The Transport Navigator The Early Twenties: the Last Cycle

One Last Comfortable Stretch

Noël Perry | TRANSPORT FUTURES

For some sectors, the frenzied, painful rush to the new digitally dominated world began a while ago. For smartphones, it began in the 2000’s; for retailers it began in the 2010’s. Trucking so far has been spared such pressures, even as we approach a few years where the business cycle will subject us to a set of painful, but familiar pressures. I call this turn of the business cycle the “last cycle,” because for North American heavy transport, it will be the last cycle to take place in an otherwise stable business climate. That’s a good thing because we can predict with useful accuracy what is likely to happen based on the lessons we have learned since at least 1980. That’s how long trucking has been in the same mode of operation. Nothing within the industry is likely to change enough to make it react to a slowing of activity in a new way.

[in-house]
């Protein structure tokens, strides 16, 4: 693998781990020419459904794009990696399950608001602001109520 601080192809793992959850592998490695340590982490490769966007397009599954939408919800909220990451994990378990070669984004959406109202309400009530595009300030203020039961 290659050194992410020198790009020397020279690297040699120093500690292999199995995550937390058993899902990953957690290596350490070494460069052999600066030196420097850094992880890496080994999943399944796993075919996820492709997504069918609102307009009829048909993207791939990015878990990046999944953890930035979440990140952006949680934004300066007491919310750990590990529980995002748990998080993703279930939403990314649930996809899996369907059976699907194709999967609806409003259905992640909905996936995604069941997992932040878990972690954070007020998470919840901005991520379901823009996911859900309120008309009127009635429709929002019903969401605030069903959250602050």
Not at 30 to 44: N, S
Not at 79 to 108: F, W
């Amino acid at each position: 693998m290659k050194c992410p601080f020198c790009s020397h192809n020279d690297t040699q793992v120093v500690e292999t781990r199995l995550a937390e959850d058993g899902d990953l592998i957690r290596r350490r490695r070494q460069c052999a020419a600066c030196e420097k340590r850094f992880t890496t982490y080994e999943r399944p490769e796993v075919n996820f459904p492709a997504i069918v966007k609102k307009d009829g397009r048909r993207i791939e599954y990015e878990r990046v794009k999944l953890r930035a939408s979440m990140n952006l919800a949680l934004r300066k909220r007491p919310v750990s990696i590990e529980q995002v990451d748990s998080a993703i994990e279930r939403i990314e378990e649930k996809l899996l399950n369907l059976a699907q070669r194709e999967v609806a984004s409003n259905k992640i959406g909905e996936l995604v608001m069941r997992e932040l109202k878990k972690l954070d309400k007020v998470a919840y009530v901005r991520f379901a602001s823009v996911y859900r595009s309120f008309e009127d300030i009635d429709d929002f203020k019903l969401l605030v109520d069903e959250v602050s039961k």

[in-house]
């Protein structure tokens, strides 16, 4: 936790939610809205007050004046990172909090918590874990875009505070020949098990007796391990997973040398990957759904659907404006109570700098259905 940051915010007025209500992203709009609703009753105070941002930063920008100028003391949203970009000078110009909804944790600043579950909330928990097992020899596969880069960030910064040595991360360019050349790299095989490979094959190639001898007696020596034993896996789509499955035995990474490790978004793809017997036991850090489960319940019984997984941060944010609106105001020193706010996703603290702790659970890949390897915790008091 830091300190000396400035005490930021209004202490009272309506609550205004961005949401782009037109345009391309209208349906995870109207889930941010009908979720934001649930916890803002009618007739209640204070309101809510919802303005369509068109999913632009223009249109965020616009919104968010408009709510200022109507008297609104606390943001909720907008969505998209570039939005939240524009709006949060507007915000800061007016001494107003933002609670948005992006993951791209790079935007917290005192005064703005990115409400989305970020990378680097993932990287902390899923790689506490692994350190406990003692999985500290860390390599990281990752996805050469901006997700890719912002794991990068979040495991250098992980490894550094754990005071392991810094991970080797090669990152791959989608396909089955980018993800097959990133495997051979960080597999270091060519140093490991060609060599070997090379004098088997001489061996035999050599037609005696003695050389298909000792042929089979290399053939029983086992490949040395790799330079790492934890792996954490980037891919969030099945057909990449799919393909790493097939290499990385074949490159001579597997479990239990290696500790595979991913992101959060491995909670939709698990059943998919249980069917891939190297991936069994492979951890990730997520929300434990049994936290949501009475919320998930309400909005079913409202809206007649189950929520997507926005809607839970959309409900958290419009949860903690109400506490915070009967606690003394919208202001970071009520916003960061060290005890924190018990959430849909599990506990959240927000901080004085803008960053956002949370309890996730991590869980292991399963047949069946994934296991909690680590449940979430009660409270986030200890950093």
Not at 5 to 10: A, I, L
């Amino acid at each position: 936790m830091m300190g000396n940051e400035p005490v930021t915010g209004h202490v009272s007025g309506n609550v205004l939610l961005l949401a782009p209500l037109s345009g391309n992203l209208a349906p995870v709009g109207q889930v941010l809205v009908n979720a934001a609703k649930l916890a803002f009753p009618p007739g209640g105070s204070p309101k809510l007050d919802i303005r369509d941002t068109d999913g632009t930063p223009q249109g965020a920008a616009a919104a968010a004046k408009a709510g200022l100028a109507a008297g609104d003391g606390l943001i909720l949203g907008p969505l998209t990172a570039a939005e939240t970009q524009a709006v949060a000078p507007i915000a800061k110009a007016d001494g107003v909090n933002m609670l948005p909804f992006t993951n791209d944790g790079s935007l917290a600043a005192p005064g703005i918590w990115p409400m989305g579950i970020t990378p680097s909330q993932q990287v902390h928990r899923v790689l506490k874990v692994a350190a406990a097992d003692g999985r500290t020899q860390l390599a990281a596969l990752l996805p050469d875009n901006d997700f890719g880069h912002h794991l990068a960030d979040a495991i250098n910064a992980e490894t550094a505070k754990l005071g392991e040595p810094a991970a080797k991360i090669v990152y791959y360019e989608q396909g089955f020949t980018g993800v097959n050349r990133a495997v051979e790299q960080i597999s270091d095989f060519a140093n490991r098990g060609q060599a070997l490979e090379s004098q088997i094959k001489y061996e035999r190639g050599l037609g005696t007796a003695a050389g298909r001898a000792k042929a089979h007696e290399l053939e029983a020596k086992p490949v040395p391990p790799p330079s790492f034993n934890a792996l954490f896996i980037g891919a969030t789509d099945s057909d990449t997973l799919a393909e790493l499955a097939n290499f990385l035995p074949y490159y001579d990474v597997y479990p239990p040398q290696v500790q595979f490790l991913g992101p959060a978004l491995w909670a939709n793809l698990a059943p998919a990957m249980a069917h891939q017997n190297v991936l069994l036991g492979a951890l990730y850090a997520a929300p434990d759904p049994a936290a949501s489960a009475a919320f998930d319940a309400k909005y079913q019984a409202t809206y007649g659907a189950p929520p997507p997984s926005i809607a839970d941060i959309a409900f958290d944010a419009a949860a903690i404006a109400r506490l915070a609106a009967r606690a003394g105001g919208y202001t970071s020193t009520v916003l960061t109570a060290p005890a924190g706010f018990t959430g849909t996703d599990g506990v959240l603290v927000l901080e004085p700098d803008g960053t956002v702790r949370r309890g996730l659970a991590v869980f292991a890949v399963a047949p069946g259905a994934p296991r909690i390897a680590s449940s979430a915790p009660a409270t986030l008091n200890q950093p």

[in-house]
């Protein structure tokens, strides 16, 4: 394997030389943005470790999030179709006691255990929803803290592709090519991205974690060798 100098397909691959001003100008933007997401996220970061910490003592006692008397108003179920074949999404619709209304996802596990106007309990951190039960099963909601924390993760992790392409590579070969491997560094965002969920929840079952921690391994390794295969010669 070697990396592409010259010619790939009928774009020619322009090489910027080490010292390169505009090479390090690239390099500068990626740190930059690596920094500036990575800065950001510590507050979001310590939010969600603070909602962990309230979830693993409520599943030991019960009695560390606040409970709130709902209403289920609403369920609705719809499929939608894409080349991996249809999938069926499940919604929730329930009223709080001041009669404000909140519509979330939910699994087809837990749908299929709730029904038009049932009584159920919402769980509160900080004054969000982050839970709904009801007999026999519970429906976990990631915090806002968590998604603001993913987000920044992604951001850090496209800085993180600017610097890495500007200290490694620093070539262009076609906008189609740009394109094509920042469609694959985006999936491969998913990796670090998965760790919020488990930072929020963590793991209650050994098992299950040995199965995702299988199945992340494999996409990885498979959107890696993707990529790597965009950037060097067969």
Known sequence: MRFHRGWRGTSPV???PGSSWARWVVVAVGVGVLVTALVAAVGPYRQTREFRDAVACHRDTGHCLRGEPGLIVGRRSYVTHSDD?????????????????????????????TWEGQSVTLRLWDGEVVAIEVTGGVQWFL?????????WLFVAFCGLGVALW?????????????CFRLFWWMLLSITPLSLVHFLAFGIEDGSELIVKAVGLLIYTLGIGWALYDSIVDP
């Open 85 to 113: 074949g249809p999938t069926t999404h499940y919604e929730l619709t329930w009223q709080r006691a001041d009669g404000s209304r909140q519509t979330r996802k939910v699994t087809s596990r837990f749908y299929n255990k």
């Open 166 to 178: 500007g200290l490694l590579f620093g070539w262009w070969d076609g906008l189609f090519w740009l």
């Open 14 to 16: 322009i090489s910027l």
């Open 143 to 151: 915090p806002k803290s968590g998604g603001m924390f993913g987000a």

When the following down-cycle appears, perhaps around 2029 or 2030, we will have to deal with it at the same time we are dealing with radical changes in almost every aspect of the transport business. I am referring, of course, to the digital revolution and its effect on manufacturing, information flows, supply design and the automation of trucking. But most of those issues are something we won’t have to be adapting to for a few more years. As a result, looking back at the early 2020’s for a position amid all that change after 2025, this down cycle will appear an easy one. Why can’t we just go back to the good old days?

What Will “Good Old” Look Like?